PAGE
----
secant
[seekant, kuh nt]

noun
Geometry. an intersecting line, especially one intersecting a curve at two or more points.
Trigonometry.
 (in a right triangle) the ratio of the hypotenuse to the side adjacent to a given angle.
 (originally) a line from the center of a circle through one extremity of an arc to the tangent from the other extremity.
 the ratio of the length of this line to that of the radius of the circle; the reciprocal of the cosine of a given angle or arc. Abbreviation: sec
adjective
cutting or intersecting, as one line or surface in relation to another.
Origin of secant
Dictionary.com Unabridged
Based on the Random House Unabridged Dictionary, © Random House, Inc. 2019
Examples from the Web for secant
Historical Examples of secant
The complement of the logarithm of a sine, tangent, or secant.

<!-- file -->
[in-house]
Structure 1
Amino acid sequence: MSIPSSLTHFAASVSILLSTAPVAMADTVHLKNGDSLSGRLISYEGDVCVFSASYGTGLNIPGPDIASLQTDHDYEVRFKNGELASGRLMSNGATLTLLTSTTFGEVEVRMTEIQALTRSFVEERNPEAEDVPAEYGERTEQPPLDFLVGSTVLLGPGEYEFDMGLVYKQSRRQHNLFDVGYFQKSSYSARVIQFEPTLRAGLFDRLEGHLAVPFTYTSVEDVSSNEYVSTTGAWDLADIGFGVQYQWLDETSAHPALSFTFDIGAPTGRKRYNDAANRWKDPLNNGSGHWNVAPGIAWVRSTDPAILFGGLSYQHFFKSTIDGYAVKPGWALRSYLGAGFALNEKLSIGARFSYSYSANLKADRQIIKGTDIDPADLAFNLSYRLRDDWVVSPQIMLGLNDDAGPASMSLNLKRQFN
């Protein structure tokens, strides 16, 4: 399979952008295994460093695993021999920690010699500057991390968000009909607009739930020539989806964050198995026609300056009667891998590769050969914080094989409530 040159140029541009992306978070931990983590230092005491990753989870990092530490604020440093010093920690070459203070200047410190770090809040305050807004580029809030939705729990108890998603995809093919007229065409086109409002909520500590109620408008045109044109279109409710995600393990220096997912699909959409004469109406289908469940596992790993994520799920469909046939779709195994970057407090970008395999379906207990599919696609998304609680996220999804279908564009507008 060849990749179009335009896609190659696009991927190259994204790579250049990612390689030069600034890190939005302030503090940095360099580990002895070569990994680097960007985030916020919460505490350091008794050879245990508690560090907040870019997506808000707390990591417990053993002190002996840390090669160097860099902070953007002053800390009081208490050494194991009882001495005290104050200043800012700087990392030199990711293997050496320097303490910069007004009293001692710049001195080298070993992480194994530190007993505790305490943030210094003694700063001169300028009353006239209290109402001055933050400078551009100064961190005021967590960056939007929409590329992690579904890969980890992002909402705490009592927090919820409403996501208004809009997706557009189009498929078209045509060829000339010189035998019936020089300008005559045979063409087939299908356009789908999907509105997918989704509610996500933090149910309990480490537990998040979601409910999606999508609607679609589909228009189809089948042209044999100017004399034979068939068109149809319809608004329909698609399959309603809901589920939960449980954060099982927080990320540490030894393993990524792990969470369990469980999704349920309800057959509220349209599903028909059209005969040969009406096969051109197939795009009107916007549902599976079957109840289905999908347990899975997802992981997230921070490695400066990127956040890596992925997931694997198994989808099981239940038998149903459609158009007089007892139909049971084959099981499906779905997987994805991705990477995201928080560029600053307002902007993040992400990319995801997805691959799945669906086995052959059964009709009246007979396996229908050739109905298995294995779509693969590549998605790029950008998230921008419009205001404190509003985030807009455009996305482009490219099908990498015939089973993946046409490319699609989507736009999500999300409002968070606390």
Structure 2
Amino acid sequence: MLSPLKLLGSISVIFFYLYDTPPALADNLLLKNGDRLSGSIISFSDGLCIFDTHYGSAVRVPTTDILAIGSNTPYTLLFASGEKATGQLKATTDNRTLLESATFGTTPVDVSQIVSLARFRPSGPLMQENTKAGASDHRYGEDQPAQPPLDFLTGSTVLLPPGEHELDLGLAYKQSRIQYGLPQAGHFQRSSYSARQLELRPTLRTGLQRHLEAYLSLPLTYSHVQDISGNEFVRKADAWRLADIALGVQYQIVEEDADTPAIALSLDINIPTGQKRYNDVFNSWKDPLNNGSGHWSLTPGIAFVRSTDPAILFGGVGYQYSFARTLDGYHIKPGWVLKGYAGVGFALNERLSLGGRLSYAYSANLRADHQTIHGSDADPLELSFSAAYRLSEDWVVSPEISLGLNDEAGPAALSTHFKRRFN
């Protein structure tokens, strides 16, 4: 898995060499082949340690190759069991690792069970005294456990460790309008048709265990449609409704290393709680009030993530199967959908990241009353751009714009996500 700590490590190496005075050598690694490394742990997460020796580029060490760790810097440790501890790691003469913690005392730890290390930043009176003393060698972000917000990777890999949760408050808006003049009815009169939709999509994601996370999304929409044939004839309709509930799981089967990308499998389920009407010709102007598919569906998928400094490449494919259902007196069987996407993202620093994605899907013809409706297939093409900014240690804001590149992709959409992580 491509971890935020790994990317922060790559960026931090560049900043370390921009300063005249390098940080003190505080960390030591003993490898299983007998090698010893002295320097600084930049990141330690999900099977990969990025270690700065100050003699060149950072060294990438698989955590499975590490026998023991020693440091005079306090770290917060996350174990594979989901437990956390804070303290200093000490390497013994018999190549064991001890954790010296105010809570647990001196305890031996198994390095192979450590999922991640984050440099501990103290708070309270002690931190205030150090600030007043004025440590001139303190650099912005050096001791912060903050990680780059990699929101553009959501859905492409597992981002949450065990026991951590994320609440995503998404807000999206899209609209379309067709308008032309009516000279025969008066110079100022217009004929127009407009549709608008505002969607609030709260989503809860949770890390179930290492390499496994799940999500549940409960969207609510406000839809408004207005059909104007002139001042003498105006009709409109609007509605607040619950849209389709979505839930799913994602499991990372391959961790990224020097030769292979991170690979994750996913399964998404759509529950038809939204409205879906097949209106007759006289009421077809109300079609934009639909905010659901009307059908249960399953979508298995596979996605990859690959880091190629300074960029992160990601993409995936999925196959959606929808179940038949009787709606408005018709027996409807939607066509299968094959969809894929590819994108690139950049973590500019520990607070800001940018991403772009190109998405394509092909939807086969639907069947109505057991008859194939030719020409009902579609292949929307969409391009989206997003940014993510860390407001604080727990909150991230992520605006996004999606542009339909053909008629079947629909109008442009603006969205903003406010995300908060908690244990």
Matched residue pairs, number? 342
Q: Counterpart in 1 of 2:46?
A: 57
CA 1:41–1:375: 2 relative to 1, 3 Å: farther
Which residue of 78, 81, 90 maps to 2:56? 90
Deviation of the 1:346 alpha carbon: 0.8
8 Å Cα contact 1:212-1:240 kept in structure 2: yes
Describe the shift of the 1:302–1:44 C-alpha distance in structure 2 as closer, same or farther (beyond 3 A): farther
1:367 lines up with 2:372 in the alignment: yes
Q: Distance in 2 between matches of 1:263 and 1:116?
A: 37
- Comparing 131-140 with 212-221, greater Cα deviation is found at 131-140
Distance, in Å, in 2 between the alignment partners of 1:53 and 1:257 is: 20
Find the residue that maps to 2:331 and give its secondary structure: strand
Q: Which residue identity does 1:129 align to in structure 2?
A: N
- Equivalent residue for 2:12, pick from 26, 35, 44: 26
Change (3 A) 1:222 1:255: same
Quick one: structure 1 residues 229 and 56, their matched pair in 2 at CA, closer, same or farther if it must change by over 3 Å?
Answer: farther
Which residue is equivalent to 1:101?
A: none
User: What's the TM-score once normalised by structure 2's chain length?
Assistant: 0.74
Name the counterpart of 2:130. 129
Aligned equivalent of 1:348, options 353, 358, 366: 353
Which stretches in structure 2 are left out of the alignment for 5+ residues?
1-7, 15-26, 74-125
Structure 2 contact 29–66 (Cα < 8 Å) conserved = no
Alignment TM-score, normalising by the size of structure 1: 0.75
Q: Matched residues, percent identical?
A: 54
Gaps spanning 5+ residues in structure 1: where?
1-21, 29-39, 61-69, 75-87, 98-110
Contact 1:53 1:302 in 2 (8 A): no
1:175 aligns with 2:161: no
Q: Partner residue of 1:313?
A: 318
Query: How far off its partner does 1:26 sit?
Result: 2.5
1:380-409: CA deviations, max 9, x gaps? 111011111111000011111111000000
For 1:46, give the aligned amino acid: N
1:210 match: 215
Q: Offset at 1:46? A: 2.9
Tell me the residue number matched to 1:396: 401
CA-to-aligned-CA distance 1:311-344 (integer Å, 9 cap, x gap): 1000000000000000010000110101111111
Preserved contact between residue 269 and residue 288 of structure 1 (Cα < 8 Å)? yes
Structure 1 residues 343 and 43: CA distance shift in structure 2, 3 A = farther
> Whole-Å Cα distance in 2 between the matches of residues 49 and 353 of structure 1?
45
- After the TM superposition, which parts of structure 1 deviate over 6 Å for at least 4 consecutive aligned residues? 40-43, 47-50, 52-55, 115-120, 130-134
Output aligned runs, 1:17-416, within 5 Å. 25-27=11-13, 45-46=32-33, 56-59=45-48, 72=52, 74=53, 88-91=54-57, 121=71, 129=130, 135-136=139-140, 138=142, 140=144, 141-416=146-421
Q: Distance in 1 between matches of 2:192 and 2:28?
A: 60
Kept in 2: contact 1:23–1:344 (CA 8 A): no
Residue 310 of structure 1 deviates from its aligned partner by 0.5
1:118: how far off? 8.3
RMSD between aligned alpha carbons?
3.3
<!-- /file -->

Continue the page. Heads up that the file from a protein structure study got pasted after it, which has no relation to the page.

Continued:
The Sailor's WordBookWilliam Henry Smyth
Secant equals one over cosine—ummmm—one point oh three five.
Skylark ThreeEdward Elmer Smith
Every ray through S1 or S2 which is not a secant determines one of them.
That which is made by a right line, whether tangent or secant, with the circumference of a circle.
The Sailor's WordBookWilliam Henry Smyth
The oblongs made of any secant from the same point, and of the outter segment of the secant are equall betweene themselves.
The Way To GeometryPeter Ramus
secant
noun
Word Origin for secant
C16: from Latin secāre to cut
Collins English Dictionary  Complete & Unabridged 2012 Digital Edition
© William Collins Sons & Co. Ltd. 1979, 1986 © HarperCollins
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Online Etymology Dictionary, © 2010 Douglas Harper
secant
[sē′kănt′]
The American Heritage® Science Dictionary
Copyright © 2011. Published by Houghton Mifflin Harcourt Publishing Company. All rights reserved.